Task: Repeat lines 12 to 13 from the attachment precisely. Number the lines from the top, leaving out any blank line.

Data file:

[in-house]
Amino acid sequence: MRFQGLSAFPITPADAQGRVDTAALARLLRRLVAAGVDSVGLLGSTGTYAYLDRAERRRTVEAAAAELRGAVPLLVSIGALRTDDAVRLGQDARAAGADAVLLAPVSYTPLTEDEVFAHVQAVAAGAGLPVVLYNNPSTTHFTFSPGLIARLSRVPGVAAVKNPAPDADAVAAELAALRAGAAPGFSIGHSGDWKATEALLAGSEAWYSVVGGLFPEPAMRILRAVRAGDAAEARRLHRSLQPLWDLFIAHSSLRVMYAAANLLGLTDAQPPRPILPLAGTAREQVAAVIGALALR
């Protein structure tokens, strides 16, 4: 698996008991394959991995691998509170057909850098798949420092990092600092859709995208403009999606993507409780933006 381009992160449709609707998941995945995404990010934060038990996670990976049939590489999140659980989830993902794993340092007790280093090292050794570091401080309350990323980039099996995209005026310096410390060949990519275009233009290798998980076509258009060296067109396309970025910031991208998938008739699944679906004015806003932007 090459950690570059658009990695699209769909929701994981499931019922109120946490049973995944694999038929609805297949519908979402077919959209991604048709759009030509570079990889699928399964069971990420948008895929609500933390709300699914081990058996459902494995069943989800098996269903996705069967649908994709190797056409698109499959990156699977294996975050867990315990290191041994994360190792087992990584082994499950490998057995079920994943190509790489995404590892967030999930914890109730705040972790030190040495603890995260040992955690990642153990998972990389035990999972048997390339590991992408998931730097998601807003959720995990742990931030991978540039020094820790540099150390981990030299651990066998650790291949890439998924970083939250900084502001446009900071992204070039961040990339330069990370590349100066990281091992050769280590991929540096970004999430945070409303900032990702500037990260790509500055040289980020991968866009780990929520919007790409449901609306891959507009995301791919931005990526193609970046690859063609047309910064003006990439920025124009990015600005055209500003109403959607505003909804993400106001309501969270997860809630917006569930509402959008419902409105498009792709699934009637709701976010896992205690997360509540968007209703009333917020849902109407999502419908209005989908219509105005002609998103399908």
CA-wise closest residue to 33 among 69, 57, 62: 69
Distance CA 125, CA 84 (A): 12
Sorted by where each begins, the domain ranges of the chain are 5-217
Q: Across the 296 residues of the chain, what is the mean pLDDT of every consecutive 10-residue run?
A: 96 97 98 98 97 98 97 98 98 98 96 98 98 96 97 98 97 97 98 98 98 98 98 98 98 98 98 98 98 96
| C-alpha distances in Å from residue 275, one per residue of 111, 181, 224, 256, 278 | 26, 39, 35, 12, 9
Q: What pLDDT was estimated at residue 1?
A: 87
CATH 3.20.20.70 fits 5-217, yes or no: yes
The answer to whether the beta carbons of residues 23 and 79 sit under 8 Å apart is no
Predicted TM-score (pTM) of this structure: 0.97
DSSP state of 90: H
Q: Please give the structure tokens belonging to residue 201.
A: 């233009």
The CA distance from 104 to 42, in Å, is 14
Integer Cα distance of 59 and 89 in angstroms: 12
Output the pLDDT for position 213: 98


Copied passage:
CATH 3.20.20.70 fits 5-217, yes or no: yes
The answer to whether the beta carbons of residues 23 and 79 sit under 8 Å apart is no